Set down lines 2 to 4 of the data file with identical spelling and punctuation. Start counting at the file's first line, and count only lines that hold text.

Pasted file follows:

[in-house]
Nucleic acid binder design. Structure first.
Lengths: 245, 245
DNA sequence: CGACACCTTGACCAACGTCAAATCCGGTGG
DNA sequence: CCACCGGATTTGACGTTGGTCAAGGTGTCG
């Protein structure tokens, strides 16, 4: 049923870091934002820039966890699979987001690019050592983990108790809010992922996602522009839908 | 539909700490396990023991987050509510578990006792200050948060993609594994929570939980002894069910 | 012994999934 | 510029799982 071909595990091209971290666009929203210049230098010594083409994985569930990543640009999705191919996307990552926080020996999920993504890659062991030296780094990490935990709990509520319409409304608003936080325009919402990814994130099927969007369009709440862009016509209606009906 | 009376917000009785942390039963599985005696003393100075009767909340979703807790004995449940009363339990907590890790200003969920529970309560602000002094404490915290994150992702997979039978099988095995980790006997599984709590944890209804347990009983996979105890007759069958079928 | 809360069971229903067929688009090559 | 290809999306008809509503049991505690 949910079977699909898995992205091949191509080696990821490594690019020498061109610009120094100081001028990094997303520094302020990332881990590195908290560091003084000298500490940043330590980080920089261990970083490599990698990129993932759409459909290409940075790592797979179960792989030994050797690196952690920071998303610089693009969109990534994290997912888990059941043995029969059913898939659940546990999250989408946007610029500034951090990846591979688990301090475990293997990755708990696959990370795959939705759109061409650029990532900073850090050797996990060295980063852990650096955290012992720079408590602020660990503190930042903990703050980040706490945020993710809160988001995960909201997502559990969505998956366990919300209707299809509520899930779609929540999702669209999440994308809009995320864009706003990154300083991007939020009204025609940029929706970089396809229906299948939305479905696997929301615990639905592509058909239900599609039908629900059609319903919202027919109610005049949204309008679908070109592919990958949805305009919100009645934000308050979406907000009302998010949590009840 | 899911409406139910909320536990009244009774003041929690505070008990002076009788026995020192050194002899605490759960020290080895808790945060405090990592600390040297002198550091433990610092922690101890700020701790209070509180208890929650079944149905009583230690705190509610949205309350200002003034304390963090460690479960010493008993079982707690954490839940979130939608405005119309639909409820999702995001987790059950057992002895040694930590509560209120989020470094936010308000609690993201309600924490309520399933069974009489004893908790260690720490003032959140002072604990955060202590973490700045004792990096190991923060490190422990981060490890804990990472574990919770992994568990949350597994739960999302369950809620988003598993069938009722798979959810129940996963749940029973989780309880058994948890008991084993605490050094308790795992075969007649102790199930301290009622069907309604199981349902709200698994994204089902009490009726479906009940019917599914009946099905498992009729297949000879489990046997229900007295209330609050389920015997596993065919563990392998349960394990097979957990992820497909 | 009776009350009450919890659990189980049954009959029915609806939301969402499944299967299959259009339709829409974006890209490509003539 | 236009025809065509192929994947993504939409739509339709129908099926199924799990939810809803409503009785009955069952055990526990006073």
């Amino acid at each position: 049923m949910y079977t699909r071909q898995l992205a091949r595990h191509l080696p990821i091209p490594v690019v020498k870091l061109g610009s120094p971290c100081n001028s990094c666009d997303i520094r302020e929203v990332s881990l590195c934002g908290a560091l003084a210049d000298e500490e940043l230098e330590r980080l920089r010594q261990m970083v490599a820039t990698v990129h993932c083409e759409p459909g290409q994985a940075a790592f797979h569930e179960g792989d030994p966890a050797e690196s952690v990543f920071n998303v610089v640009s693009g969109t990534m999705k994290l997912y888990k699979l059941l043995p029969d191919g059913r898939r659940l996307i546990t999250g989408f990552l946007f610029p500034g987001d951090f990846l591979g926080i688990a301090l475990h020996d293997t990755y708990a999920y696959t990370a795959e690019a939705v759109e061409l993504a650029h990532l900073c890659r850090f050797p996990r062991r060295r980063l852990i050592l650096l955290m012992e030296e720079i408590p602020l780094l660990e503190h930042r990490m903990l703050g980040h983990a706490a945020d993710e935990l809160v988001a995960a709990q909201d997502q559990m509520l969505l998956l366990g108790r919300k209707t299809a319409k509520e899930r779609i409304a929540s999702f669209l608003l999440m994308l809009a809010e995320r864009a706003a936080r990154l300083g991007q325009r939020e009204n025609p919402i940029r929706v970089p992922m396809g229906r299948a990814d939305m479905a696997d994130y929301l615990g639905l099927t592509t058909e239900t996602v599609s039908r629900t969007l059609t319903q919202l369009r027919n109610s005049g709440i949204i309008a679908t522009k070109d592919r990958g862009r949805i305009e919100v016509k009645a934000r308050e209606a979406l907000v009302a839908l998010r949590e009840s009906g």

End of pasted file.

Nucleic acid binder design. Structure first.
Lengths: 245, 245
DNA sequence: CGACACCTTGACCAACGTCAAATCCGGTGG